It’s not even like this system is particularly ingrained in American politics. Up until the 1940s, the parties essentially chose their nominees in smoke-filled back rooms; Eisenhower’s use of a write-in win in New Hampshire’s primary in 1952 to launch his campaign was the first time primaries actually mattered, and it would take another 24 years to have primaries and caucuses in all fifty states. (Iowa, ironically, was one of the last states to get on board.)

When it comes to fixing America’s dismal system of elections, the way we do primaries is admittedly further down on the wishlist than, say, making it so oligarchs can’t buy their chosen candidate’s way to the nomination, or making elected office more accessible for people of color and the working class. But there’s an obvious way that we could do this that would be both an easy and logical fix: just make them like every other election.

In nearly ever primary in every state and municipality, primaries (like general elections) are just a one-day election between the candidates, and the winner is the party’s nominee and goes onto the November election. In the event no one clears the 50 percent threshold, some states (such as Louisiana) have another runoff election between the top two or three vote-getters.

If the system was set up in a way where the primary was held in June before the party conventions in late July/August, it would be a much more convenient system for everyone. All party members would have the same uniform voting date, and if it’s a popular vote, everyone’s vote counts exactly the same. If one candidate doesn’t get more than 50 percent of the vote, hold another runoff election between the top two candidates a month later. Announce the winners at the conventions — maybe people will start watching them more often.

The end result is that there would be a much-shortened primary race, a system where everyone’s vote is distributed equally, and, for elected officials, more time spent doing work for candidates who are currently elected officials, and maybe less than two years spent as a legislative “lame duck” for the president who’s currently serving. Maybe it’ll free up some attention for the actual work of government.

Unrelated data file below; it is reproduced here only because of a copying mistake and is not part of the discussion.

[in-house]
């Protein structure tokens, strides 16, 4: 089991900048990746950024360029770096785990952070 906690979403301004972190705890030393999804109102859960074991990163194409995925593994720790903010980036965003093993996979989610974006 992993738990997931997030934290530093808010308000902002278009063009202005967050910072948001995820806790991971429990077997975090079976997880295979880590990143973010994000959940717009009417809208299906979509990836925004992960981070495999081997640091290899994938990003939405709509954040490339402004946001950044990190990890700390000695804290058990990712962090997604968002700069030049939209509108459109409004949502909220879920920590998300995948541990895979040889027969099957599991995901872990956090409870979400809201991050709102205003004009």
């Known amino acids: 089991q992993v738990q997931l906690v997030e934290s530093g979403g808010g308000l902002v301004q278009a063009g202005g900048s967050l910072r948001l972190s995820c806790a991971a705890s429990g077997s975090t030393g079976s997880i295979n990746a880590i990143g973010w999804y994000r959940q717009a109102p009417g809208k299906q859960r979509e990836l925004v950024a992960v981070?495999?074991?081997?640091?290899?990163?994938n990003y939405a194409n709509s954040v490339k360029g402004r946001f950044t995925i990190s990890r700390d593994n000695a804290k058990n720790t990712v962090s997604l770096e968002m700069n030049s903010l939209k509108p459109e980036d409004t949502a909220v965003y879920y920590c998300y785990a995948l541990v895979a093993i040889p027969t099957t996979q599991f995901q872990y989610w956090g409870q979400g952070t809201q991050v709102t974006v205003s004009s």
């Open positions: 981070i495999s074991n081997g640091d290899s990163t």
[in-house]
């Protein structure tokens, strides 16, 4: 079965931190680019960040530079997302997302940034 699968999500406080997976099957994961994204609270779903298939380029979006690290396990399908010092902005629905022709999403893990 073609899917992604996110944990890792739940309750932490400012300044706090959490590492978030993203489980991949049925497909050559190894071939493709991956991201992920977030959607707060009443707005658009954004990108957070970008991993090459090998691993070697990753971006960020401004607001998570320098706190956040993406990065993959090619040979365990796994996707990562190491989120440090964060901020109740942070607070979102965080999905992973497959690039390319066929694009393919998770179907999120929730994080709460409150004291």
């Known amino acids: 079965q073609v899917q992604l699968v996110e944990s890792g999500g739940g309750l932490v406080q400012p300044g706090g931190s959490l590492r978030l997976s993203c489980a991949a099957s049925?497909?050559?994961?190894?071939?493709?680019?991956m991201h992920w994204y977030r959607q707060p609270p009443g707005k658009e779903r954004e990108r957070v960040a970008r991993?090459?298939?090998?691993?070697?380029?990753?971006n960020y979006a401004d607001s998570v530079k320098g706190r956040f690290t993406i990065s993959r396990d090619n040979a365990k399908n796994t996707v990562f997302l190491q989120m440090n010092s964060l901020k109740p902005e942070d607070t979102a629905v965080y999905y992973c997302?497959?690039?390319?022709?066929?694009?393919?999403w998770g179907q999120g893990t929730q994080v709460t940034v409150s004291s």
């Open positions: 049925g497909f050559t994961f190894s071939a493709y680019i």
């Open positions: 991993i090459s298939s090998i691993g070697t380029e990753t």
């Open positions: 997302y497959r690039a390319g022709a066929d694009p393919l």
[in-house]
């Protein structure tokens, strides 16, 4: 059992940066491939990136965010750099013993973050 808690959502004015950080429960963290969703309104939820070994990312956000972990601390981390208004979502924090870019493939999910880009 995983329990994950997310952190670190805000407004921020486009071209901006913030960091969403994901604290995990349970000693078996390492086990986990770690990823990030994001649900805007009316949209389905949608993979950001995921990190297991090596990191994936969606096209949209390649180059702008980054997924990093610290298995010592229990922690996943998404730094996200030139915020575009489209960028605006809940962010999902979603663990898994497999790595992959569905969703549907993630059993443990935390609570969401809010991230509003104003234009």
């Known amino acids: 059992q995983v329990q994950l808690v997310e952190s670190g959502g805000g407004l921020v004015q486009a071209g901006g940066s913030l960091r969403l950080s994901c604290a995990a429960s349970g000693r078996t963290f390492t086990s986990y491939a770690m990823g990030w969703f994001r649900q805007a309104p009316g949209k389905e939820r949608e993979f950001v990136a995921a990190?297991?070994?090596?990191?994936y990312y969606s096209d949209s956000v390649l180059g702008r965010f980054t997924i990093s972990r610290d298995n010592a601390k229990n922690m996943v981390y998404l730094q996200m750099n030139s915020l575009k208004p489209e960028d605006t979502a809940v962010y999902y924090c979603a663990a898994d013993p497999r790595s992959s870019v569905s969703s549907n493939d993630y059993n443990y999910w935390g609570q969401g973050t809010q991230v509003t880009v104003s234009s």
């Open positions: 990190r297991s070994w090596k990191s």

Obviously, this wouldn’t solve all of the problems with the two-party system, not the least of which is the fact that it’s been so utterly rigged against third parties, to the point where candidates like Bernie Sanders must run in a party they have never been a member of in order to even have a shot at the presidency.

At this moment in time, reform doesn’t seem too realistic: There are far too many stakeholders, from the parties to cable networks to the news media to the candidates themselves, who have benefitted immensely from this never-ending campaign cycle to make s a reality. It’s not likely that this decision could be made for one party but not the other, as no one would willingly cede all of the media attention to the other party, and it’s also not likely that both parties would work together anytime soon to come up with completely new, similar systems.

Making a change to make the primaries uniform, however, would benefit the country’s democracy in the long run. With less media attention on the candidates, fewer would feel the pressure to announce their candidacy over a year in advance, and those candidates who are currently serving in elected office might be more inclined to show up for votes or prioritize emergency services over badly running for president.

The only argument against changing this outdated and complicated system, then, seems to be the answer that a "Cafferty File" viewer gave to the same question back in 2008: “A national primary would be an excellent idea. However, we would lose a lot of drama and Americans love drama.”

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By Paul Blest